Leprosy primarily affects the peripheral nerves and skin, and sometimes certain internal organs. It has a wide range of cutaneous manifestations depending on the host response to the pathogen. Apart from the clinical forms, there are lepra reactions with a complex pathogenesis involving inflammatory cells and cytokines. [2] The diagnosis of leprosy is based on clinical, bacteriological, and histological evidences. Delayed diagnosis and misdiagnosis are not uncommon, and in lepromatous leprosy this may lead to permanent disability and deformities. [3] Diffuse infiltration of the trunk, face, and large portions of the extremities was noted on presentation in our patient. Diffuse infiltration is one of the later manifestations of lepromatous leprosy. This is an example of a case of lepromatous leprosy with a delayed diagnosis, leading to a diffuse pattern of leprosy amounting to erythroderma.

Interestingly, we noticed sparing of the abdominal creases and axilla, a sign described as "deck-chair sign". The sign has been classically described in papuloerythroderma of Ofuji, but may not be a specific sign since it is described in certain other conditions such as generalized acanthosis nigricans, Waldenstrom's macroglobulinemia, large plaque parapsoriasis, angioimmunoblastic T-cell lymphoma, and erythroderma due to various causes. [4],[5],[6],[7],[8] This clinical observation has been described previously by Prashar et al. and probably this is the second report. [9] Sparing of the abdominal creases and other body folds was probably due to the tendency of leprosy lesions to spare warmer areas of the body. It is important to realize that no skin area is an "immune zone" to the invasion of M. leprae, as studies have documented bacteriological and histological evidence of the disease process in clinically uninvolved skin. [10] Relative sparing of certain areas in lepromatous leprosy is a known finding, but transformation of this finding into a clinically appreciable "deck chair" sign is an interesting observation.

   References Top

Madke B, Nayak C. Eponymous signs in dermatology. Indian Dermatol Online J 2012;3:159-65.  Back to cited text no. 1
[PUBMED]  Medknow Journal  
Foss NT, Motta AC. Leprosy, a neglected disease that causes a wide variety of clinical conditions in tropical countries. Mem Inst Oswaldo Cruz 2012;107 Suppl 1:28-33.  Back to cited text no. 2
Trindade MA, Varella TC, Cisneros CG, Bottini V, Moura AK. Delayed diagnosis of multibacillary leprosy: A report of eight cases. Braz J Infect Dis 2009;13:155-7.  Back to cited text no. 3
Murao K, Sadamoto Y, Kubo Y, Arase S. Generalized malignant acanthosis nigricans with "deck-chair sign". Int J Dermatol 2013;52:377-8.  Back to cited text no. 4
Inaoki M, Kawabata C, Yagishita M, Nishijima C. Large plaque parapsoriasis with the "deck-chair" sign successfully treated with bath psoralen and ultraviolet A therapy. J Dermatol 2010;37:570-2.  Back to cited text no. 5
Autier J, Buffet M, Pinquier L, Merlat-Guitard AI, Carlotti A, Franck N, et al. Cutaneous Waldenstrom's macroglobulinemia with "deck-chair" sign treated with cyclophosphamide. J Am Acad Dermatol 2005;52:45-7.  Back to cited text no. 6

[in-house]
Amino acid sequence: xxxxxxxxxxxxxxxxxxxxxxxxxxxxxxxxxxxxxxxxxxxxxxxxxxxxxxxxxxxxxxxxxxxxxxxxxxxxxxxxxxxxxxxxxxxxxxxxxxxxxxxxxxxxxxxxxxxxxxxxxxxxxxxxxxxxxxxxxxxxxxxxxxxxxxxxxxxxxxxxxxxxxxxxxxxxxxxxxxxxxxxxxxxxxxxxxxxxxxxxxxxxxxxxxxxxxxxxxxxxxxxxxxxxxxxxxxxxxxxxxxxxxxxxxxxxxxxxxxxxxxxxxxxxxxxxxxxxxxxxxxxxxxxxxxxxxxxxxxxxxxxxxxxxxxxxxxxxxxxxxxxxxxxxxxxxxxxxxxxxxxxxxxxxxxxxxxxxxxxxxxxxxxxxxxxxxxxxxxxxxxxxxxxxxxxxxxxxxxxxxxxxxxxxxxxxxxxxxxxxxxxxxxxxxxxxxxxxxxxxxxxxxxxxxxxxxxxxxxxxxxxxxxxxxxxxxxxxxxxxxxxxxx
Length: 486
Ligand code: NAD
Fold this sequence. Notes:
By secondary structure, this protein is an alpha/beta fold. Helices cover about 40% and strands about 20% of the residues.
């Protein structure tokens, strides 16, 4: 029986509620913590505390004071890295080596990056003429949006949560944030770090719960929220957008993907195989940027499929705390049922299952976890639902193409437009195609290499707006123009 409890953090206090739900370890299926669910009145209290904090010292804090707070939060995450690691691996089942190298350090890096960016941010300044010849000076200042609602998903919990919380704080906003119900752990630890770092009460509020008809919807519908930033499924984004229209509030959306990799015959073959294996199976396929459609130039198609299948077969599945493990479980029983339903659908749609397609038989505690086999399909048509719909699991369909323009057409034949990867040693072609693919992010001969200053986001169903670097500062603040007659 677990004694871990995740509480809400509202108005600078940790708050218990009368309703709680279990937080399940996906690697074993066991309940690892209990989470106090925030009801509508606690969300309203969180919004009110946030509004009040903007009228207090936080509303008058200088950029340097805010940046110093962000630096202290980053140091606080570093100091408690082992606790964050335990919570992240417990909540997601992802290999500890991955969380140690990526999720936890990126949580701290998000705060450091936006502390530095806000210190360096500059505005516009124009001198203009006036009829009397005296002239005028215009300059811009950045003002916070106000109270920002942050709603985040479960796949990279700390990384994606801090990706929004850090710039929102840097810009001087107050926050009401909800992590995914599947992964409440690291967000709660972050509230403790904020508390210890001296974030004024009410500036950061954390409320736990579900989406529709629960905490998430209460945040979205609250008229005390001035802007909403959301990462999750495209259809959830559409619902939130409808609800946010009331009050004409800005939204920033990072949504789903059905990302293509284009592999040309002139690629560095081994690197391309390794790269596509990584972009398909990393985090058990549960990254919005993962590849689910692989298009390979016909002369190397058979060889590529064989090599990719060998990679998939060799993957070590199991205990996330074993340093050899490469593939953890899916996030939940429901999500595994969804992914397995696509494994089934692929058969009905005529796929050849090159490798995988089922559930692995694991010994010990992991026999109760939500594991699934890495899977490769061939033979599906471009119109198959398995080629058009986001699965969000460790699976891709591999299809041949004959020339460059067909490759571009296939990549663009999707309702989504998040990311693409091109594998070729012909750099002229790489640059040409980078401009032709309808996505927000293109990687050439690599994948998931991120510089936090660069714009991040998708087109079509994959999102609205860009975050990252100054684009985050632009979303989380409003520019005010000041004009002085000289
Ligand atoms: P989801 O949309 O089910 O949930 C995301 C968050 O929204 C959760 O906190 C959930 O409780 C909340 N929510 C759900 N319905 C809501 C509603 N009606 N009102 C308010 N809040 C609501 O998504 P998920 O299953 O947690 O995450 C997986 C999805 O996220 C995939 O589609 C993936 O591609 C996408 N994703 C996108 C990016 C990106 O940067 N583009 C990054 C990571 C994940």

Ferran M, Gallardo F, Baena V, Ferrer A, Florensa L, Pujol RM. The 'deck chair sign' in specific cutaneous involvement by angioimmunoblastic T cell lymphoma. Dermatology 2006;213:50-2.  Back to cited text no. 7
Pal S, Haroon TS. Erythroderma: A clinico-etiologic study of 90 cases. Int J Dermatol 1998;37:104-7.  Back to cited text no. 8
Prashar A, Narang T, Saikia UN, Dogra S. Deck chair sign in lepromatous leprosy. Lepr Rev 2013;84:252-4.  Back to cited text no. 9
Rajashekar TS, Singh G, Naik LC. Immune zones in leprosy. Indian J Dermatol 2009;54:206-10.  Back to cited text no. 10
[PUBMED]  Medknow Journal  


  [Figure 1], [Figure 2], [Figure 3], [Figure 4], [Figure 5]

This article has been cited by
1 Deck-chair sign: unreserved
B. D. Rhijn, S. Ruth, D. M. W. Balak
Clinical and Experimental Dermatology. 2021; 46(3): 560
[Pubmed] | [DOI]
2 “Deck chair sign” presenting in type 1 lepra reaction
Amina Asfiya, ManjunathMala Shenoy, VishalB Amin, Malcolm Pinto, SpandanaPrakash Hegde, AshmiyaAbdul Razak
Archives of Medicine and Health Sciences. 2021; 9(1): 171
[Pubmed] | [DOI]
3 Generalized Parthenium dermatitis with deck-chair sign
Syed S. Amin, Hania Qamar, Mohammad Adil, Mohd Mohtashim, Sabha Mushtaq, Divya Agrawal
Giornale Italiano di Dermatologia e Venereologia. 2020; 155(3)
[Pubmed] | [DOI]
4 A case report of erythroderma in a patient with borderline leprosy on reversal reaction: a result of the exacerbated reaction?
Denis Miyashiro,Ana Paula Vieira,Maria Angela Bianconcini Trindade,João Avancini,José Antonio Sanches,Gil Benard
BMC Dermatology. 2017; 17(1)
[Pubmed] | [DOI]
5 Physician, beware! The deckchair sign can be seen in dermatomyositis
A. G. H. Wernham,G. A. Fremlin,S. D. Orpin,A. Salim
Clinical and Experimental Dermatology. 2016;
[Pubmed] | [DOI]


    Similar in PUBMED
   Search Pubmed for
   Search in Google Scholar for
 Related articles
    Access Statistics
    Email Alert *
    Add to My List *
* Registration required (free)  

  In this article
   Case Report
    Article Figures

 Article Access Statistics
    PDF Downloaded397    
    Comments [Add]    
    Cited by others 5    

Recommend this journal